On September 4, geneticist Craig Venter invited the world to take a peek at his DNA. The first person ever to do so, the entrepreneur and science showman published his entire individual genetic sequence in a scientific journal. Replicating Venter’s $70 million technological feat is too costly for most of us, and it’s not clear what good it would serve to know that, like Venter, one has a genetic marker for wet earwax—or Alzheimer’s disease, which can’t be prevented or cured.
Venter’s stunt is nevertheless a fitting symbol for 2007, a year marked by milestones in the quest for personalized medicine. “This will be seen as the year things turned the corner,” says Huntington Willard, director of the Duke Institute for Genome Science and Policy in Durham, North Carolina. “Patients are receiving genomic tests and benefiting from them; there are real live people being taken care of now.”
In February, for example, the Food and Drug Administration approved MammaPrint, a test designed to help breast cancer patients. MammaPrint surveys 70 genes in tumor cells, checking whether they’re turned on or off in an individual patient. By reading each patient’s total gene activity profile, doctors can predict whether a tumor is likely to spread and thus whether the patient needs to undergo chemotherapy in addition to surgery. The company behind the test, Agendia, based in the Netherlands, estimates that it will spare 60,000 American women unnecessary chemotherapy each year.
This year also marked the debut of a raft of tests based on genomics, the analysis of entire genomes. These tests are based on a catalog of human variation called the HapMap, which was released in 2005. HapMap is a directory of “single nucleotide polymorphisms,” or SNPs, places in the genome where differences between individuals (in the form of single chemical letters) appear in the DNA code. SNPs act like signposts, marking larger chunks of the genome that vary among individuals. By comparing SNPs in patients with a disease to SNPs in the HapMap, scientists can easily pinpoint the SNPs that are unique to that disease. Such SNPs can then guide scientists to the nearby genes that cause the disease, the same way a corner gas station might serve as a landmark to guide visitors to your neighborhood and eventually to your house.
Even before they determine the genetic culprit in a disease, however, scientists can use its SNP pattern to identify those who have the genetic signature of risk for that disease. This year, scientists found SNPs linked to type 2 diabetes, heart disease, obesity, and a long list of other ailments.
A number of companies are already selling tests based on these new findings. Iceland-based deCODE Genetics, for example, announced its launch in April of T2, a new SNP-screening test for type 2 diabetes. Other companies are promising to bundle multiple SNP-based tests together, providing consumers a more complete health profile. Navigenics, for one, a company based in Redwood Shores, California, promises to “use the latest genetic science to illuminate the future of your health and arm you with the knowledge to change it for the better.”
A personal genome may one day become part of everyone’s medical record, providing powerful information about an individual’s genetic predispositions.
“Using genomics to make predictions about health is a powerful paradigm,” says Francis Collins, director of the National Human Genome Research Institute in Bethesda, Maryland. “We’re going to see a lot of these tests as we reveal more and more genetic changes linked to disease.”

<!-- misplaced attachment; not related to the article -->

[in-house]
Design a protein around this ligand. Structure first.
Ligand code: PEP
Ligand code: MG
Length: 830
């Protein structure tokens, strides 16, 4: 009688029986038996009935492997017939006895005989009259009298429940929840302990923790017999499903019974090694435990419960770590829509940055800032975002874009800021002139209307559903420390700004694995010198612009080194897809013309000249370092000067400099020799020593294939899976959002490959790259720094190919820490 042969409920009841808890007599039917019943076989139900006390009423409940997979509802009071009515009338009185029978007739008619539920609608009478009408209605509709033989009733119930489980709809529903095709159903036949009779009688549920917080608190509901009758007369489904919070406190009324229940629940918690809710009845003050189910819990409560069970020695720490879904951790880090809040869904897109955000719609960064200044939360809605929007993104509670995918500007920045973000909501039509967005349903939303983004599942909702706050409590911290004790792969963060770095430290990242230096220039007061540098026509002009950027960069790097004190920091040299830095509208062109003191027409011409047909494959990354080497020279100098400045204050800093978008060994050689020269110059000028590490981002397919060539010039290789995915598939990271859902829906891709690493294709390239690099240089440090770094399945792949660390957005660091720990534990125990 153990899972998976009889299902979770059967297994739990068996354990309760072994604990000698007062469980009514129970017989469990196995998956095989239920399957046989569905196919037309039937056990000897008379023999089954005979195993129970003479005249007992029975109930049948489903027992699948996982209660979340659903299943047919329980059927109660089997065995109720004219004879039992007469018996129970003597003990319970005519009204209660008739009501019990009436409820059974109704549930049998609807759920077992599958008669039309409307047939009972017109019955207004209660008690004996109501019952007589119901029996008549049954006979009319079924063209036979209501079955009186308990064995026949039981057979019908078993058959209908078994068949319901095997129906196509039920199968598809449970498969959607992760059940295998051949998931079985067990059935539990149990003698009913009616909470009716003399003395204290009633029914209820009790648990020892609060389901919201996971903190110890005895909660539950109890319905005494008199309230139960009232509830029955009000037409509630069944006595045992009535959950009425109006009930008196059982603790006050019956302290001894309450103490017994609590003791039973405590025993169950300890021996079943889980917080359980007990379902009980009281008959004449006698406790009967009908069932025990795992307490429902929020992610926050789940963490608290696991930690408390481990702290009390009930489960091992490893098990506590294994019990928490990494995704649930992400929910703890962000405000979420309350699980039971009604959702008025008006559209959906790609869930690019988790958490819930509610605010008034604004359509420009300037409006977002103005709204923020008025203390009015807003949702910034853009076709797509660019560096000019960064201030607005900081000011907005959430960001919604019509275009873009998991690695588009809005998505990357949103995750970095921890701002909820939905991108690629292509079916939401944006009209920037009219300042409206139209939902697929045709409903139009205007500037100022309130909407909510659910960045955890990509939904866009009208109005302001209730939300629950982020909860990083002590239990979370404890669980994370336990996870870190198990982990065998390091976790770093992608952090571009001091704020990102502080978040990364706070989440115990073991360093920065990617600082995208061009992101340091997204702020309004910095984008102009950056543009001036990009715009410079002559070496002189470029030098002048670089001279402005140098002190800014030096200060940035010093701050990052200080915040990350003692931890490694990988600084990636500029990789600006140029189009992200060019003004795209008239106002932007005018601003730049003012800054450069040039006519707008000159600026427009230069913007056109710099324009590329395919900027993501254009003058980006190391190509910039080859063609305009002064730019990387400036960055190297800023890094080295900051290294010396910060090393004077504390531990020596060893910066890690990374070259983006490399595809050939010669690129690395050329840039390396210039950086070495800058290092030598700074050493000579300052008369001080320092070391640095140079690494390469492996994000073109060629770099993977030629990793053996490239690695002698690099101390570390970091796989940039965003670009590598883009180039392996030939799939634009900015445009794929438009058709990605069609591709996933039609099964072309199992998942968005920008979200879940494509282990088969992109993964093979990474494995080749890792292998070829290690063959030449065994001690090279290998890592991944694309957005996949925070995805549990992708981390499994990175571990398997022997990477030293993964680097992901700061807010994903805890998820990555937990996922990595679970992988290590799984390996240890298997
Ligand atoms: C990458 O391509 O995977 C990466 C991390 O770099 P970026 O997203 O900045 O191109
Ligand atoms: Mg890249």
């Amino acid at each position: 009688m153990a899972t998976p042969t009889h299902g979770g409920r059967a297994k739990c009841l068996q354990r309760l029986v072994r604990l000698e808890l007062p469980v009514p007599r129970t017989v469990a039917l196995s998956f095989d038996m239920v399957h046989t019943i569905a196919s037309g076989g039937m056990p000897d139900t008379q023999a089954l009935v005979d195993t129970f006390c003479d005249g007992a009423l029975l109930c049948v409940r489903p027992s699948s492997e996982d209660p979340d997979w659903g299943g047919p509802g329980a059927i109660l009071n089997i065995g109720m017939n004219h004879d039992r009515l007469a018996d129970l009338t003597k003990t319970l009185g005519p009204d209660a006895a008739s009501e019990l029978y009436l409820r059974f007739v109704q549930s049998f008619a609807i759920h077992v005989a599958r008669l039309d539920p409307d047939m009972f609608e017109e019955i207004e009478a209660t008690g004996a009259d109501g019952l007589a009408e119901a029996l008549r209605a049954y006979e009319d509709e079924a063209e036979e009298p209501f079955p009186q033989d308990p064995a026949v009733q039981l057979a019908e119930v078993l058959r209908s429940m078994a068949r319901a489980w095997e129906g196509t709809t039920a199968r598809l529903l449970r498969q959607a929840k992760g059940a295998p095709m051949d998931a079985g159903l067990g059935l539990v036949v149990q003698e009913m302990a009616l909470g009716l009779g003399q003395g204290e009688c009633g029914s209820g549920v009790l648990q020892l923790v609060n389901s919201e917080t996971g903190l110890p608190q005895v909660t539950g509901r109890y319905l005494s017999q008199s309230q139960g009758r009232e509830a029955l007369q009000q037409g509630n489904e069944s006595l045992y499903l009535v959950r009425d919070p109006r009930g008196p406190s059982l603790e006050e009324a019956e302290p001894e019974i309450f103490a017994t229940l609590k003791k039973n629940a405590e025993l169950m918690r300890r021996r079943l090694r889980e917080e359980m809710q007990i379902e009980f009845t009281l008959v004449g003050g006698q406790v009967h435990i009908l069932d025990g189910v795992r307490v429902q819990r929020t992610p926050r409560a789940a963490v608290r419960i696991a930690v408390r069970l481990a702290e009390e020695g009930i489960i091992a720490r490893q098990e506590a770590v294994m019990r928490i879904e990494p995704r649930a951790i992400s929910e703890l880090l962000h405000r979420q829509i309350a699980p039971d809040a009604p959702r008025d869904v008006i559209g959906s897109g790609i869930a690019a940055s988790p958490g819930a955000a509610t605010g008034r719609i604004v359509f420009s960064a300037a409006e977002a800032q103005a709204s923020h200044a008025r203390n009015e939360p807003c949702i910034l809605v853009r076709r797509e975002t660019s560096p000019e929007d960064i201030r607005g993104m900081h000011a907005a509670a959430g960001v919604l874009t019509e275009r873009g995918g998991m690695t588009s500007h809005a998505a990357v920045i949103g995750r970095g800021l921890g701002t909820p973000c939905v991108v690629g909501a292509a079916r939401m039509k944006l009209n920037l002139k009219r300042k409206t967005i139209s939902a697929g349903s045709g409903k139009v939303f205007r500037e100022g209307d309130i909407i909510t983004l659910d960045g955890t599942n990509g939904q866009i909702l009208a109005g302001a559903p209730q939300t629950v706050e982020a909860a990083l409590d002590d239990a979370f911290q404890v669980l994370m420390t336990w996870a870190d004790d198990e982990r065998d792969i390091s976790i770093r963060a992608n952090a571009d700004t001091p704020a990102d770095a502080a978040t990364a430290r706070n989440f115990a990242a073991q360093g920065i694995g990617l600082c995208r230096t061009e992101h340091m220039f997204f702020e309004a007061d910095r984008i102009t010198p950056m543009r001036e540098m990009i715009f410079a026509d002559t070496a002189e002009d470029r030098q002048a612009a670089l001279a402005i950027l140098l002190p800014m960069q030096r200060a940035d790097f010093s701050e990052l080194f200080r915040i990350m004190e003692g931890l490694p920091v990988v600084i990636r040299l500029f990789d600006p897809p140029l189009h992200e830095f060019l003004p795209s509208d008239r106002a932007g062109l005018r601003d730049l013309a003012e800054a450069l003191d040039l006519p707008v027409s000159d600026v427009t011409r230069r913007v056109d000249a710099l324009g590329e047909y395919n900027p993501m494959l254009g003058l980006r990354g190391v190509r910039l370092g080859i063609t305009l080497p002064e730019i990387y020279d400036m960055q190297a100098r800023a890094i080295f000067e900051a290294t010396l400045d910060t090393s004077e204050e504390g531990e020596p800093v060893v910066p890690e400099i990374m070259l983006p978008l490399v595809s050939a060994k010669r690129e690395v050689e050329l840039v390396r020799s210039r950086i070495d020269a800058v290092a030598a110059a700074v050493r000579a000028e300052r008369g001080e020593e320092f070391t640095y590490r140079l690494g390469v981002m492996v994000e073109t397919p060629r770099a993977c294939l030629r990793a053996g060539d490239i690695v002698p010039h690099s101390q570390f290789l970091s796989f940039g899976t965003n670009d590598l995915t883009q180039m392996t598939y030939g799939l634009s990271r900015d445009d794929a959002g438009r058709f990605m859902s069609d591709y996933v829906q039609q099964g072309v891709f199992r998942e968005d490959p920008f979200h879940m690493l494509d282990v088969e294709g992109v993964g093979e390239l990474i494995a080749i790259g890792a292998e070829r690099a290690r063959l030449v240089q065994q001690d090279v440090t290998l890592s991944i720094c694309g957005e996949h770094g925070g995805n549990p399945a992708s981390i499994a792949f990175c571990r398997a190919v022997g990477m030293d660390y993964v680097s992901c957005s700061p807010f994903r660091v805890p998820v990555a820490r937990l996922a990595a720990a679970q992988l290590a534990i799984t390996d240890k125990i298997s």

The tests offered so far, however, cannot predict for sure whether a person will develop a given disease. Currently available tests reveal only the risk that one could become ill. It is unclear how that will help patients, Willard says: “How do you respond to a test that says your risk is elevated by 25 percent? That’s pretty meaningless; it’s open to all sorts of misinterpretation.” An employer, for instance, might refuse to give a high-stress job to an individual with an SNP profile unique to heart attack victims—even if that profile raises the risk of a heart attack only slightly.
Unfortunately, this year, lawmakers punted legislation designed to prevent such discrimination. In April, Congress was set to pass the long-delayed Genetic Information Nondiscrimination Act. The bill aims to prevent insurance or workplace discrimination based on genetic test results. It sailed through the House of Representatives, and President Bush promised to sign it. But at the last minute, Tom Coburn, Republican senator from Oklahoma, placed a hold on the bill because of its language concerning embryos and fetuses, among other things. The bill is now stalled.
This has not deterred those like Venter, who want to bare their genetic foibles to the world. Nobel Prize–winner James Watson, for instance, announced the completion of his personal genome sequence in May. He promised to publish it but hasn’t yet. Others, like futurist and tech guru Esther Dyson, are having parts of their genomes sequenced in a project led by geneticist George Church of Harvard University and MIT.
We don’t yet know enough about the genetic roots of disease to help these early adopters learn much from their genomes. But that will change, and scientists predict that a personal genome may one day become part of everyone’s medical record, providing powerful information about an individual’s genetic predisposition to disease.
Although that day is still a long way off, it’s much closer than it used to be, thanks to this year’s first steps toward personalized medicine, says Kathy Hudson, director of Johns Hopkins University’s Genetics and Public Policy Center in Washington, D.C. “For a long time, all the action in genomics was in the lab,” she says. “Now it’s spilling out into the real world, and that’s really exciting.”
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